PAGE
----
For over a decade, every student who is part of the distinguished dance programs at W.E. Greiner Exploratory Arts Academy and Sunset High School has learned the traditional dances of Mexico, among other cultural dance styles.
And earlier this year, after a first-of-its-kind regional dance tournament, both of these neighborhood schools in the heart of North Oak Cliff were deemed to have top-tier Ballet Folklórico programs.
The first North Texas Ballet Folklórico Competition (NTBFC) took place in December and January. Middle school and high school teams from several public schools in Carrollton, Dallas, Farmers Branch, Grand Prairie and Richardson entered the virtual contest by submitting videos of their best dance routines.
NTBFC, which advocates for furthering educational Ballet Folklórico programs, hired maestros and professional dancers as judges to watch the video entrees and give them a score from 0 to 100. Sunset earned three Division I titles and Greiner won two, meaning that they scored between 95 and 100 in a particular dance.
Longoria Huggins, who leads the Sunset Dance Company, built the school’s dance program from the ground up 12 years ago, when she first set foot at Sunset High School as dance educator. As a person of Mexican descent, she focused on implementing a well-rounded program with several cultural dances – including jazz, hip hop, ballet, African, modern and Ballet Folklórico – integrated into the curriculum.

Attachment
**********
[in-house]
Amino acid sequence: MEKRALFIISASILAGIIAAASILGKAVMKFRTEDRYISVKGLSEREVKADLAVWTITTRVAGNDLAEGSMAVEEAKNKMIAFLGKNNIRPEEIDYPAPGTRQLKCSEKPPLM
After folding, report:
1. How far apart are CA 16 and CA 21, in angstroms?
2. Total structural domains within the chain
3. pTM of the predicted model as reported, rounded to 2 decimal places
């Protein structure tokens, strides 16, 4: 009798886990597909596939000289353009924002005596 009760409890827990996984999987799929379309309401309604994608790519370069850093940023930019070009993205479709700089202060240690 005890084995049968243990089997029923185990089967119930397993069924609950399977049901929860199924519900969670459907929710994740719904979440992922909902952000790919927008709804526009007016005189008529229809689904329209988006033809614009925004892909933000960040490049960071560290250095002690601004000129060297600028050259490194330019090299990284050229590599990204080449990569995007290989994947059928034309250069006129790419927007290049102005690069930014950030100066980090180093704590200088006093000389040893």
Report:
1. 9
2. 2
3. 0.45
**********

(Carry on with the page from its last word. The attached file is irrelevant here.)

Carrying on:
Since her early days at Sunset, Longoria Huggins has become immersed in the local folklórico scene by building bridges with fellow dance instructors and learning new techniques from maestros and local dance companies. Today, she’s on the board of NTBFC along with Karla Hardaway, a Carrollton-Farmers Branch ISD high school dance instructor, and Daniel Negrete, who teaches dance at Emmett J. Conrad High School in Dallas.
‘It’s part of who I am’
Sunset Dance Company Captain Leslie Nuñez remembers watching her first folklórico performances while visiting her parents’ first home, the town of Villa De Ramos in the Mexican state of San Luis Potosí, when she was 11 years old.
“I felt like I wanted to get closer to my culture and learn more about why we dance a certain way or why we have different traditional dresses, because it’s part of who I am,” Leslie said. “By learning more and being able to teach it to other people, it feels as if I’m helping others connect with a culture that we share and that they might not know much about. It’s important to be proud of who you are and where you’re from.”
“I was born in Mexico and I moved to North Oak Cliff when I was young,” Santiago said. “I wanted to connect to my heritage and my culture and joined the Greiner dance group in middle school. I can relate to the students and the community as well, not necessarily because a lot of them have moved here from Latin America, but because of the culture of this area and the city where I grew up.”
Leslie is currently teaching beginner and intermediate folklórico classes at a local dance company and plans to attend Texas Woman’s University in the Fall, where she’ll study nursing.